Drew Fisher on the left as one of the founders of the Lost Sierra Hoedown. It began as a Service Learning project in Interdisciplinary Studies.

This third annual Hoedown has come a long way. Drew Fischer, one of the founders and now an alumnus to SNC, is teaching a one credit interdisciplinary and sustainability class focused on non-profit music festival production and is using the making of the Lost Sierra Hoedown as the example.

Topics covered in the class include sustainable practices, land management, social media coverage, stage management and event operation. Students not only get to learn about how to successfully plan an event, but get the chance to actually run an event as well. The students will help facilitate the hoedown and get hands on experience beyond what taught in the classroom setting.

Supported by six local companies and in association with four local organizations, the Lost Sierra Hoedown is a prime illustration of what SNC’s students are capable of, and continues to push the limits of achievement.

For tickets and more information visit the website at lostsierrahoedown.com

Having fun at the Hoedown!

Having fun at the Hoedown!

Humanities 110

The Humanities 110 class began the Psychology portion on Thursday September 3, 2015. The students began their study by visiting stations related to the question, “what does it mean to be human?” We look forward to the next four class meetings and continuing to expose the class to the subject of psychology.

HUMN 110-1

HUMN 110-2

Senior projects to be showcased on Thursday, April 30

Senior Projects and Portfolios will be presented from 5 to 7 p.m. Thursday, April 30, in Tahoe Center for Environmental Sciences Room 139/141.

An unusually rich selection of the work our Humanities and Social Sciences students have completed this year will be on display, including:

Senior Projects

Sean P. Burke (Psychology): Attention, Attention: Consistent Sensory Stimulation Reduces Inattentional Blindness

 Philip B. Chiesa (Psychology): Getting Creative: Does Boredom Positively Impact Creativity?

Peter Clark (Humanities): Welcome to the World

 Gavin Cooke (English): Approaches to Teaching and Coaching at the High School Level

 Meredith Crosby (English): Truth, Half Truth, and Lies: Contemporary Creative Nonfiction

Melissa Daniels: (Psychology): Skiing: from the Beginning

 Eliza Dunster (Humanities): The Hero’s Journey

 Amber E. Durk (Psychology): The Influence of Names on Self-Accountability

 Juventino Espinoza (Psychology): The Impact of Goals on Productivity

 Peter Freund (Humanities): Historical Analysis of Gambling in Virginia City and Reno, Nevada

 Sarah A. Fricke (Psychology): The Looking Glass Self: The Impact of Explicit Self-Awareness on Self-Esteem

Logan Garrison (English): Through the Greenroom: An Exploration of Electronic Dance Music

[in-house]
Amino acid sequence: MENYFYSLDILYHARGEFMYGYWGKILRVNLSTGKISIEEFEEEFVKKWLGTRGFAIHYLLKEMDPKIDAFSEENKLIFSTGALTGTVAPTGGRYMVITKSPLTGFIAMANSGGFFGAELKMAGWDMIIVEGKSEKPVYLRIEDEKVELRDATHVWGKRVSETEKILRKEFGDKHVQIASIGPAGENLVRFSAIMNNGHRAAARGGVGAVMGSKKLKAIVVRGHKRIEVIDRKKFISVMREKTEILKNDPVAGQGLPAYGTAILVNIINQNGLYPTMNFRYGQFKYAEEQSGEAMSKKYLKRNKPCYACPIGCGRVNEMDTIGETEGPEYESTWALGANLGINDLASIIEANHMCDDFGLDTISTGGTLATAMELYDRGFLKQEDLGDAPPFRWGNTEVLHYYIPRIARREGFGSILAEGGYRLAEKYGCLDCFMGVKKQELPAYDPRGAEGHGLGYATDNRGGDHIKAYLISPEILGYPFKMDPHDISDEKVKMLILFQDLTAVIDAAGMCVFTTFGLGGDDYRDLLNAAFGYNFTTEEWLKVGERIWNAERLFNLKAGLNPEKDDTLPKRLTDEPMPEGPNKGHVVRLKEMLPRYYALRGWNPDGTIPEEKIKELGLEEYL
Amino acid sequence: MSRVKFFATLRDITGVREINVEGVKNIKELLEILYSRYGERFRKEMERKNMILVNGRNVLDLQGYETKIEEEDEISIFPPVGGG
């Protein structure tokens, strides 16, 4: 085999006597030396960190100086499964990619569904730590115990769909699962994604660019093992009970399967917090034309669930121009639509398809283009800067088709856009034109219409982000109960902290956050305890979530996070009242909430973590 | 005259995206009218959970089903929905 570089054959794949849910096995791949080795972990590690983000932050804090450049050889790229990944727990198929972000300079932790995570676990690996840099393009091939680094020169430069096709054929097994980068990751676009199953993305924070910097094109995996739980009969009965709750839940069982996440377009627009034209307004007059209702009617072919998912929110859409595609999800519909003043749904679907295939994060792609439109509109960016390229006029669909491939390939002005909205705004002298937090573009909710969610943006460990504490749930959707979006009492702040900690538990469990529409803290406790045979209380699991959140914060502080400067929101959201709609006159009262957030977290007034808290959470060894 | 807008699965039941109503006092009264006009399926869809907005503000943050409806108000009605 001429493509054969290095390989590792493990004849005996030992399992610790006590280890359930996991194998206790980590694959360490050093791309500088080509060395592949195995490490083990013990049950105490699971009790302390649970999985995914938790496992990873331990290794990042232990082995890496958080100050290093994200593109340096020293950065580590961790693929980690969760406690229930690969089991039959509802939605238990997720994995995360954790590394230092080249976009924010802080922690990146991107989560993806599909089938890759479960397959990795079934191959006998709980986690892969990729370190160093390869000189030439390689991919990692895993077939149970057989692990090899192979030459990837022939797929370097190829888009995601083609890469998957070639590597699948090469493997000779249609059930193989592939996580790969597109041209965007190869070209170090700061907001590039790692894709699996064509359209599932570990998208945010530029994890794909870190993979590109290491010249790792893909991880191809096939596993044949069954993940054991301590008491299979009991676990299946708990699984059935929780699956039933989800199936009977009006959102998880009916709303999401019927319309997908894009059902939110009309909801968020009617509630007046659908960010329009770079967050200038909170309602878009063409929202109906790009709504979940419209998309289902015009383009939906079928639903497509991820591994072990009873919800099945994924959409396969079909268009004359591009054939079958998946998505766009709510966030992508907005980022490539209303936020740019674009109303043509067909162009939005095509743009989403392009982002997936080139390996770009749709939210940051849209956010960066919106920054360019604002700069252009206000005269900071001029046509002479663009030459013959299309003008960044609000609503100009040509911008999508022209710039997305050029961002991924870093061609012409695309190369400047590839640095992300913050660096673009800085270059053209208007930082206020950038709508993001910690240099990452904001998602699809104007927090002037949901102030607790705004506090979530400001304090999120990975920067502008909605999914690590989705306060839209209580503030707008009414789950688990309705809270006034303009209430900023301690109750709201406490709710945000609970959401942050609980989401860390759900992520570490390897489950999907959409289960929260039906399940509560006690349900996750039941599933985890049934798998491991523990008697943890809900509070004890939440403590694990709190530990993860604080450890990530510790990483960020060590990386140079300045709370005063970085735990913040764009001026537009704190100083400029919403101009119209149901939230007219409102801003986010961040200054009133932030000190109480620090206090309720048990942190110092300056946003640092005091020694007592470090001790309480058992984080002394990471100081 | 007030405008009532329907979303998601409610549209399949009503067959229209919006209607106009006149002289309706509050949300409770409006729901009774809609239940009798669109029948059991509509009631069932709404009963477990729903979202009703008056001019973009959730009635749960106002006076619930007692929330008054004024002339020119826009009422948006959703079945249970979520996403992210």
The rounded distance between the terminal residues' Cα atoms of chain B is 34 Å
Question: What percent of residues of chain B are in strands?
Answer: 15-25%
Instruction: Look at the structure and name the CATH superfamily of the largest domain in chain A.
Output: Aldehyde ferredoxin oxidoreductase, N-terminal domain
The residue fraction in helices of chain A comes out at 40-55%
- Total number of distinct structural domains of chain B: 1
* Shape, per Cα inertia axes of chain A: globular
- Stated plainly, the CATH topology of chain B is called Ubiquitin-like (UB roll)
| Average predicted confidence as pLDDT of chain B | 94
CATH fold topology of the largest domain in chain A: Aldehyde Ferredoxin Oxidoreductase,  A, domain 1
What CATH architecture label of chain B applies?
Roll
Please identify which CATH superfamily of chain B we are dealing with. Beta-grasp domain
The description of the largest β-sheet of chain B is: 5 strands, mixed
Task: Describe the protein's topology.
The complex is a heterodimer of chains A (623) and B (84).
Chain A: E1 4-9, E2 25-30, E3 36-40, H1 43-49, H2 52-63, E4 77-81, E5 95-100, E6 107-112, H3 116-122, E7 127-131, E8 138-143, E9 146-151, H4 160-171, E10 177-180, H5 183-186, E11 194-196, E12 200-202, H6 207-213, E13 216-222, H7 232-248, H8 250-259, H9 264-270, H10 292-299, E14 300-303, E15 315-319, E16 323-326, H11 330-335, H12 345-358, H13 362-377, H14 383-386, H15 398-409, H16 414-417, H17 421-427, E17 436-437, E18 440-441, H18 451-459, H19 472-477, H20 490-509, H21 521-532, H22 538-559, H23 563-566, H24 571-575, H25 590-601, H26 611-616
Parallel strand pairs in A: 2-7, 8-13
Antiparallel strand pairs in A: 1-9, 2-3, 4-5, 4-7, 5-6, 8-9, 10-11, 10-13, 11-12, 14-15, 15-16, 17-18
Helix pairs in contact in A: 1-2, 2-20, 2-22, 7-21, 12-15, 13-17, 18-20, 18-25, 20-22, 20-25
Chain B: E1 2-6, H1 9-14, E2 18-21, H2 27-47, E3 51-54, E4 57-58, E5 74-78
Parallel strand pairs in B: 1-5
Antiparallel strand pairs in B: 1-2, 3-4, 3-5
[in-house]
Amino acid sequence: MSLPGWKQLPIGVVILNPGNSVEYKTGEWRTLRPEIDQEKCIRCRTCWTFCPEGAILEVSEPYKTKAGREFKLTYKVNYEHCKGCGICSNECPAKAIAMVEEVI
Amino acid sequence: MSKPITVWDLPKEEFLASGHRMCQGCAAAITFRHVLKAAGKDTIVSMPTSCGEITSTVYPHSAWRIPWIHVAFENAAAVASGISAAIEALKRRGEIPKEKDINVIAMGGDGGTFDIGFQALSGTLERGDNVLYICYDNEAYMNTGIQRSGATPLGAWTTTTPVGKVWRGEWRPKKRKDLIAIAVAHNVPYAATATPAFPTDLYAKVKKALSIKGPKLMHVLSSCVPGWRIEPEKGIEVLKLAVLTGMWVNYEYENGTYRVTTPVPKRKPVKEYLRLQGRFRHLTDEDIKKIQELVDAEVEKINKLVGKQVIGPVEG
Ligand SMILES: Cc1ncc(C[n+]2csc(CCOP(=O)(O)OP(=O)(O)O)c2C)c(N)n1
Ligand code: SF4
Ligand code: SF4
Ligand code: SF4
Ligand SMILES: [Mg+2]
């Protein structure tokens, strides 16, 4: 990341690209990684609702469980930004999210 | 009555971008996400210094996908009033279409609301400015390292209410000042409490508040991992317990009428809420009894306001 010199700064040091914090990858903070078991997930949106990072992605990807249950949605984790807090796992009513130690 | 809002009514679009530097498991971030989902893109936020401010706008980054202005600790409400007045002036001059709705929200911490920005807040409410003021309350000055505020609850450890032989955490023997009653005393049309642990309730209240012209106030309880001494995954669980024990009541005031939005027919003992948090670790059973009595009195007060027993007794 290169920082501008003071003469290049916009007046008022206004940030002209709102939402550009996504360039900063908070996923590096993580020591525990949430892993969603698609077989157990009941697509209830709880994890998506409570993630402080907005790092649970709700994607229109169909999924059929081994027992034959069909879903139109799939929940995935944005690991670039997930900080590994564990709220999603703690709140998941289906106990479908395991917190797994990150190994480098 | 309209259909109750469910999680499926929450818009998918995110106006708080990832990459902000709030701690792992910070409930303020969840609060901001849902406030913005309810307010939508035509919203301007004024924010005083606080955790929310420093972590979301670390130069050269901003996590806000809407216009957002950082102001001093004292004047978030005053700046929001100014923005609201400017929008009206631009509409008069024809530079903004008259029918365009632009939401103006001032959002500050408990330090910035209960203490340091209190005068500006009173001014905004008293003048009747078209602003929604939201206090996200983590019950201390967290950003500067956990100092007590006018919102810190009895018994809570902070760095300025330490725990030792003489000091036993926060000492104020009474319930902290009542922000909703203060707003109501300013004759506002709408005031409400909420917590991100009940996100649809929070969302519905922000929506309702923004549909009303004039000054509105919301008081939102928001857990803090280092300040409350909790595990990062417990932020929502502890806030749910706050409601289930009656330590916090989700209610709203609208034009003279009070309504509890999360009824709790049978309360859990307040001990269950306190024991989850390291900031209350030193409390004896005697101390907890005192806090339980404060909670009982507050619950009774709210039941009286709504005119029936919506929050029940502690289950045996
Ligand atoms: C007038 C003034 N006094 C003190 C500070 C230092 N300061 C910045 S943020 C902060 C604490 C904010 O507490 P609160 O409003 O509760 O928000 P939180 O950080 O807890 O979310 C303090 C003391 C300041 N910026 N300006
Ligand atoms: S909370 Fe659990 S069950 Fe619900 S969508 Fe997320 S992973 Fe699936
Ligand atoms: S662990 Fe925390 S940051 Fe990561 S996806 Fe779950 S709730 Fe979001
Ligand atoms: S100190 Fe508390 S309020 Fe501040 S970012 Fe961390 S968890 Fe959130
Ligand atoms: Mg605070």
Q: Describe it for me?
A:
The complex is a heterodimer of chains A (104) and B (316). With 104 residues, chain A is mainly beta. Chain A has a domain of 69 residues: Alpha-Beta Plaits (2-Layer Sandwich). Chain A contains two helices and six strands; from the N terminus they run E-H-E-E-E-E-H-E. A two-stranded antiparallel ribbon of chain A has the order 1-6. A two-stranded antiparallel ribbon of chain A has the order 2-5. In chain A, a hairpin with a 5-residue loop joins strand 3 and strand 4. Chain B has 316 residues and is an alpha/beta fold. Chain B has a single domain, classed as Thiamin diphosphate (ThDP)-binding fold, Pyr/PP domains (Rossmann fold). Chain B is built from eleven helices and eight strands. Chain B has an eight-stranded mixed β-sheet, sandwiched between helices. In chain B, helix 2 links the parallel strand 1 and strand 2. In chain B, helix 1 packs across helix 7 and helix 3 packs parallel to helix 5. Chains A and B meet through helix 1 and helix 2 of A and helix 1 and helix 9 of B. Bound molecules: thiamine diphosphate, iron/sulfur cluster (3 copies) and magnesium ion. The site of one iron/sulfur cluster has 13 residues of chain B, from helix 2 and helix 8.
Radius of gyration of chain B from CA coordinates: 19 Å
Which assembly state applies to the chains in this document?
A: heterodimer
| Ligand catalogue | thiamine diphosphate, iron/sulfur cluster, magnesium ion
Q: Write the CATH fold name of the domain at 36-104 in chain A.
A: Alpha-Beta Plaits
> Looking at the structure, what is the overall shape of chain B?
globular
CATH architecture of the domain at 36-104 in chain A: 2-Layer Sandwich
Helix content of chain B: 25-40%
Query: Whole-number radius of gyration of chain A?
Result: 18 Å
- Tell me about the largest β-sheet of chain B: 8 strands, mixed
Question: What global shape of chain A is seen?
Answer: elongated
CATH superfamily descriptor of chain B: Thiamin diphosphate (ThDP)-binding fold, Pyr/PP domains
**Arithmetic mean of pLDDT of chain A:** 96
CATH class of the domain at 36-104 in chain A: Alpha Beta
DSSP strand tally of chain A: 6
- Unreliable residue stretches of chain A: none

Mary C. Hall (Psychology): Heightened Self-Awareness Increases Immediate Perception of Sexual Satisfaction

Tessa M. Hartman-Sorensen (Psychology): The Power of a Few Words: Prosocial Priming Decreases Disinhibited Behavior in Cyberspace

Kimberly A. Keyzers (Psychology): Be Smart About Where You Start: Grocery Entrances Impact Healthy Food Selection

 Kristina Miranda (Psychology): Sharing the Use of Art Therapy with Others

 Chris Muravez (English): A Season in the Abyss

 Erica R. Nelson (Psychology): Swipe Left: Online Dating Profile Pictures Do Not Impact Narcissism

 Emily Provencher (English): Ephemera’s Memory

 Danielle Ralys (Humanities): Conceptual Art: Before, During and After the Movement

 Senior Portfolios

Justin Carella (DART/MGMT): Digital Management: Online Marketing of Sierra Nevada College’s Business Plan Competition

Spencer Fisch (ODAL/Creative Writing):  A Multi Media Approach to the Nevada Drought

Celia McGuire (SUST): Bird’s Eye View of Community Engagement

 Jordan Petrilla (SUST): The Story of Trash

 Peter Rispolli (ODAL/ENTP):  Guap Natural, Inc.: A Business Strategy to Living Simply and Saving Money

 

 

 

 

Holistic Sustainability Film Night creates awareness

1495267_10154860394870232_9097612480930717245_oDuring the 2014 fall semester, senior Rachael Blum added a honors component to the International Environmental Issues course. She chose to host a short-film film festival with discussions between each film. The project came to fruition through the course, after instructor Brennan Lagasse and Blum were discussing how the rest of the SNC community  does not have access to the Sustainability curriculum. This idea was also acknowledged at a Justice Club meeting with current and former students at the time. The students agreed that a discussion-based space must be made accessible to the entire campus.

The Holistic Sustainability Film Night was created, featuring a variety of short films highlighting biodiversity, desertification, capitalism, and welfare with discussions between each. Faculty Brennan Lagasse, Samantha Bankston, and Bob King were present as experts in the topics and aided in facilitating the discussions.

Approximately 23 people attended, and the event was cut short after 3.5 hours spent viewing and discussing the films. Those in attendance were happy to have a space made available to ask questions, express views, and learn about these issues. Snacks were provided by Uncommon Kitchen and the Justice Club. This also benefitted Kelly Benson’s coat drive for Project Mana. Overall, the event was successful.